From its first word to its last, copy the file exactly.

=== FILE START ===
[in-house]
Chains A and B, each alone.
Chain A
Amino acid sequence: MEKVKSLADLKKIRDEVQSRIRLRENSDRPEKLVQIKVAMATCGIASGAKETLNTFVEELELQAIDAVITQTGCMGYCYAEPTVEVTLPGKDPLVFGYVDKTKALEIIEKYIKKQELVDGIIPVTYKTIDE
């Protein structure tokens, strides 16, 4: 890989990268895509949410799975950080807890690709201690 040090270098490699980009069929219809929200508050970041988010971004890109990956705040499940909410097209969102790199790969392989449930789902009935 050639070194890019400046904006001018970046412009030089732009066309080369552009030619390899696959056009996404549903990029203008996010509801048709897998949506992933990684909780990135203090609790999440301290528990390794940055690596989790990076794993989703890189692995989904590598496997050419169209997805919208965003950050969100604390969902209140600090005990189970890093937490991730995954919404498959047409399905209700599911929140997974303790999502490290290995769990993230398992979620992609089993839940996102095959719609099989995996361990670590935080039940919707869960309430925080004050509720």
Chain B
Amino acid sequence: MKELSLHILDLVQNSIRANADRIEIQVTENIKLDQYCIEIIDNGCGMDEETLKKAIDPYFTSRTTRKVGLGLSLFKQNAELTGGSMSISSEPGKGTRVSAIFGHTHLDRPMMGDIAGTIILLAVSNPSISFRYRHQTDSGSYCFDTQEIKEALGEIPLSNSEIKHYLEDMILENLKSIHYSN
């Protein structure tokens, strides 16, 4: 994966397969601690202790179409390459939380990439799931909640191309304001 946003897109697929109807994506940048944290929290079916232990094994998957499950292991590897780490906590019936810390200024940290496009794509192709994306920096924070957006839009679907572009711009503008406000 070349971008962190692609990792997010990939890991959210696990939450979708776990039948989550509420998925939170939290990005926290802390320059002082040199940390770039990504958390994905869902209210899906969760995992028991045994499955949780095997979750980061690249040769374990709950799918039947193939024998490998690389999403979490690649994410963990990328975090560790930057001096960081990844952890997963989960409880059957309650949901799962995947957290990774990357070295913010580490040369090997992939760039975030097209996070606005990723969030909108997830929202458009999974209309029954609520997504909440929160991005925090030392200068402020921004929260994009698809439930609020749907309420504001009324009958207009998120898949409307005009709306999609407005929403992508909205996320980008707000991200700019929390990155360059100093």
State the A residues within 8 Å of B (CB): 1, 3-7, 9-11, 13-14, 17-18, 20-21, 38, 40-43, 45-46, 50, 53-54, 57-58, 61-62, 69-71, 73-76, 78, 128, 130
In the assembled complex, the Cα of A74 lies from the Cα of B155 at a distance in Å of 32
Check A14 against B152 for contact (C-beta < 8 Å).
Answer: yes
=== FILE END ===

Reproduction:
[in-house]
Chains A and B, each alone.
Chain A
Amino acid sequence: MEKVKSLADLKKIRDEVQSRIRLRENSDRPEKLVQIKVAMATCGIASGAKETLNTFVEELELQAIDAVITQTGCMGYCYAEPTVEVTLPGKDPLVFGYVDKTKALEIIEKYIKKQELVDGIIPVTYKTIDE
């Protein structure tokens, strides 16, 4: 890989990268895509949410799975950080807890690709201690 040090270098490699980009069929219809929200508050970041988010971004890109990956705040499940909410097209969102790199790969392989449930789902009935 050639070194890019400046904006001018970046412009030089732009066309080369552009030619390899696959056009996404549903990029203008996010509801048709897998949506992933990684909780990135203090609790999440301290528990390794940055690596989790990076794993989703890189692995989904590598496997050419169209997805919208965003950050969100604390969902209140600090005990189970890093937490991730995954919404498959047409399905209700599911929140997974303790999502490290290995769990993230398992979620992609089993839940996102095959719609099989995996361990670590935080039940919707869960309430925080004050509720």
Chain B
Amino acid sequence: MKELSLHILDLVQNSIRANADRIEIQVTENIKLDQYCIEIIDNGCGMDEETLKKAIDPYFTSRTTRKVGLGLSLFKQNAELTGGSMSISSEPGKGTRVSAIFGHTHLDRPMMGDIAGTIILLAVSNPSISFRYRHQTDSGSYCFDTQEIKEALGEIPLSNSEIKHYLEDMILENLKSIHYSN
């Protein structure tokens, strides 16, 4: 994966397969601690202790179409390459939380990439799931909640191309304001 946003897109697929109807994506940048944290929290079916232990094994998957499950292991590897780490906590019936810390200024940290496009794509192709994306920096924070957006839009679907572009711009503008406000 070349971008962190692609990792997010990939890991959210696990939450979708776990039948989550509420998925939170939290990005926290802390320059002082040199940390770039990504958390994905869902209210899906969760995992028991045994499955949780095997979750980061690249040769374990709950799918039947193939024998490998690389999403979490690649994410963990990328975090560790930057001096960081990844952890997963989960409880059957309650949901799962995947957290990774990357070295913010580490040369090997992939760039975030097209996070606005990723969030909108997830929202458009999974209309029954609520997504909440929160991005925090030392200068402020921004929260994009698809439930609020749907309420504001009324009958207009998120898949409307005009709306999609407005929403992508909205996320980008707000991200700019929390990155360059100093």
State the A residues within 8 Å of B (CB): 1, 3-7, 9-11, 13-14, 17-18, 20-21, 38, 40-43, 45-46, 50, 53-54, 57-58, 61-62, 69-71, 73-76, 78, 128, 130
In the assembled complex, the Cα of A74 lies from the Cα of B155 at a distance in Å of 32
Check A14 against B152 for contact (C-beta < 8 Å).
Answer: yes